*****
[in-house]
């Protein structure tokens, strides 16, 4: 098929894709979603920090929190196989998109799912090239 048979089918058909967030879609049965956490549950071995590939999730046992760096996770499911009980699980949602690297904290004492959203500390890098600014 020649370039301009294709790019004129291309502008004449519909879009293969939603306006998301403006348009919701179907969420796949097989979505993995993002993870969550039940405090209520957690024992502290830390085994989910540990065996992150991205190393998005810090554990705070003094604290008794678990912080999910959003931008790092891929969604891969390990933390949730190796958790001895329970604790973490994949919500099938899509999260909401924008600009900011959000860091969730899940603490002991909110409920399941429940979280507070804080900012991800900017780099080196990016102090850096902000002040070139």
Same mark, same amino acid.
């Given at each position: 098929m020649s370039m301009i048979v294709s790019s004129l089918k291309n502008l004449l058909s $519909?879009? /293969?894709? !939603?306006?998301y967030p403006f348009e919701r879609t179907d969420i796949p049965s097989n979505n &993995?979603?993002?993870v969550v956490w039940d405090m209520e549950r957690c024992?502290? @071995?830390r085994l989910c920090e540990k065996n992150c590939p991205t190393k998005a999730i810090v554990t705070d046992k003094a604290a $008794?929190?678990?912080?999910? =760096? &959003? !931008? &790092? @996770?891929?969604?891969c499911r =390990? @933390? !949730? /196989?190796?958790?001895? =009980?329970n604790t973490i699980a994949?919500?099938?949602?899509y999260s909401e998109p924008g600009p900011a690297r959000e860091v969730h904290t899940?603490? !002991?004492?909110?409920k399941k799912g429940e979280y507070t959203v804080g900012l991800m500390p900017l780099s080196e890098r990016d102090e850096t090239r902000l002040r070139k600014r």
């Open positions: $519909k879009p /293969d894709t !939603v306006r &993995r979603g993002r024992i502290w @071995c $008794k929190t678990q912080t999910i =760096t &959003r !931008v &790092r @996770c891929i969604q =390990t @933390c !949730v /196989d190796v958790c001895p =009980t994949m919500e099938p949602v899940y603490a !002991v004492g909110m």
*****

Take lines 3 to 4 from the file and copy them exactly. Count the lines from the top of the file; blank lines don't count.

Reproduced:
Same mark, same amino acid.
């Given at each position: 098929m020649s370039m301009i048979v294709s790019s004129l089918k291309n502008l004449l058909s $519909?879009? /293969?894709? !939603?306006?998301y967030p403006f348009e919701r879609t179907d969420i796949p049965s097989n979505n &993995?979603?993002?993870v969550v956490w039940d405090m209520e549950r957690c024992?502290? @071995?830390r085994l989910c920090e540990k065996n992150c590939p991205t190393k998005a999730i810090v554990t705070d046992k003094a604290a $008794?929190?678990?912080?999910? =760096? &959003? !931008? &790092? @996770?891929?969604?891969c499911r =390990? @933390? !949730? /196989?190796?958790?001895? =009980?329970n604790t973490i699980a994949?919500?099938?949602?899509y999260s909401e998109p924008g600009p900011a690297r959000e860091v969730h904290t899940?603490? !002991?004492?909110?409920k399941k799912g429940e979280y507070t959203v804080g900012l991800m500390p900017l780099s080196e890098r990016d102090e850096t090239r902000l002040r070139k600014r």